• There are several Democratic primary races for members of the Buffalo Common Council including:
    • Ellicott District.  Candidates filing petitions include Matthew Dearing, Leah Halton-Pope, Emin Eddie Egriu, and Cedric Holloway.
    • Fillmore District.  Incumbent Mitchell Nowakowski is being challenged by Sam Herbert.
    • Masten District.  Candidates filing petitions include Murray Holman, India Walton and Zeneta Everhart
    • North District.  Incumbent Councilmember Joe Golombek is being challenged by Eve Shippens and Lisa Thagard.
    • University District.  Incumbent Councilmember Rasheed Wyatt is opposed by Kathryn Franco.
    • Lovejoy District. Incumbent Bryan Bollman is challenged by Mohammed Uddin.
  • There will be a primary in the 10th District of the County Legislature for both the Republican and Conservative nominations.  Appointed incumbent Jim Malczewski is being challenged by Lindsey Bratek-Lorigo.
  • There is a Democratic primary for Cheektowaga Town Supervisor. Two current members of the Town Board, Brian Nowak and Christine Adamczyk, are
  • Two candidates have filed for the Democratic nomination for Cheektowaga Highway Superintendent. They are Richard Rusiniak and Darryl Stachura.
  • Two candidates have filed Democratic petitions for President of the City of Tonawanda Council, Mary Ann Cancilla and incumbent Jenna Koch.
  • There are two Republican candidates for Alden Supervisor, Alecia Barrett and current Councilmember Colleen Pautler.
  • There are four Republican candidates for three Town Council seats in Alden.  One of the seats is for two years.
  • Two Republicans have filed petitions for Supervisor of Grand Island, current Councilmember Michael Madigan and Peter Marston.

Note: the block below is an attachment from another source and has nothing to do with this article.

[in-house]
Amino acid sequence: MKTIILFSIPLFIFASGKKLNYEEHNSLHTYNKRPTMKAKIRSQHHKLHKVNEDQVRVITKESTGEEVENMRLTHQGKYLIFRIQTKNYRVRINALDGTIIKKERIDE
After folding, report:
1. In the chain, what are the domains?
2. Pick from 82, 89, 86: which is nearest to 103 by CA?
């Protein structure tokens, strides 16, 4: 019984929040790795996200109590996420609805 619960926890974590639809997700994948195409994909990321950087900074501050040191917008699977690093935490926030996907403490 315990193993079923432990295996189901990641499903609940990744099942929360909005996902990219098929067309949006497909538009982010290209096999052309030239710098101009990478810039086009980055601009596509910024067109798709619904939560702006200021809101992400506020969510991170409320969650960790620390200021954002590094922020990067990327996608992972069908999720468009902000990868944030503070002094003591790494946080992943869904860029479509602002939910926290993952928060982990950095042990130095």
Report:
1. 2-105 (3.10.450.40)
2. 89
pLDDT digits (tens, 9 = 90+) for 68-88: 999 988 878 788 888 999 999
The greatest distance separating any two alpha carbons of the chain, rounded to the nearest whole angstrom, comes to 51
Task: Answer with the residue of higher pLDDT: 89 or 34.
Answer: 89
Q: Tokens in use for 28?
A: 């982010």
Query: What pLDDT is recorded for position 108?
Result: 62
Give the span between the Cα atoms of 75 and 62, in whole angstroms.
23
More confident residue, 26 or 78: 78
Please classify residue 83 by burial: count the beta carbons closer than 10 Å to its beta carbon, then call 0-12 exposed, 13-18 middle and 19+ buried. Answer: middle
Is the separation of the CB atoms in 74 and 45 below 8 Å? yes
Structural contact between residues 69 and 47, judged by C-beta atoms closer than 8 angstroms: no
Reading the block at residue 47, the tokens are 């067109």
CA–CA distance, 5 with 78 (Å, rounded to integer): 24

• There will be a Conservative primary for Town Council in Tonawanda.  Incumbent Carl Szarek will face former Republican Town Chairman Matthew Braun, who resigned his chairmanship and reaffiliated as a Conservative to enter the primary.  Approximately 40 other Tonawanda voters also reaffiliated as Conservatives to assist in the scheme.
  • Two Republicans have filed for Supervisor of Marilla, Jennifer Achman and incumbent Earl Gingerich.
  • There are two candidates who have filed for the Democratic Town Justice nomination in the Town of Newstead.
  • The parties have filed petitions for candidates for Judicial Delegates and Alternates in the various Assembly Districts even though there are not at the moment any State Supreme Court positions up for election in 2023.

After the Board of Elections reviews the petitions, and pending any challenges by opponents, we will have the final primary election lineup.  Expect some candidates to be knocked off the ballot.  If a candidate declined their party designation by April 14 the candidate’s Committee on Vacancies can substitute a different candidate, a process that can play out until April 24 this year.

There are 148 offices on the ballot throughout Erie County in 2023, so even with the possible primaries noted above the majority of the offices have their November election lineups already set.

Stay tuned.

Twitter @kenkruly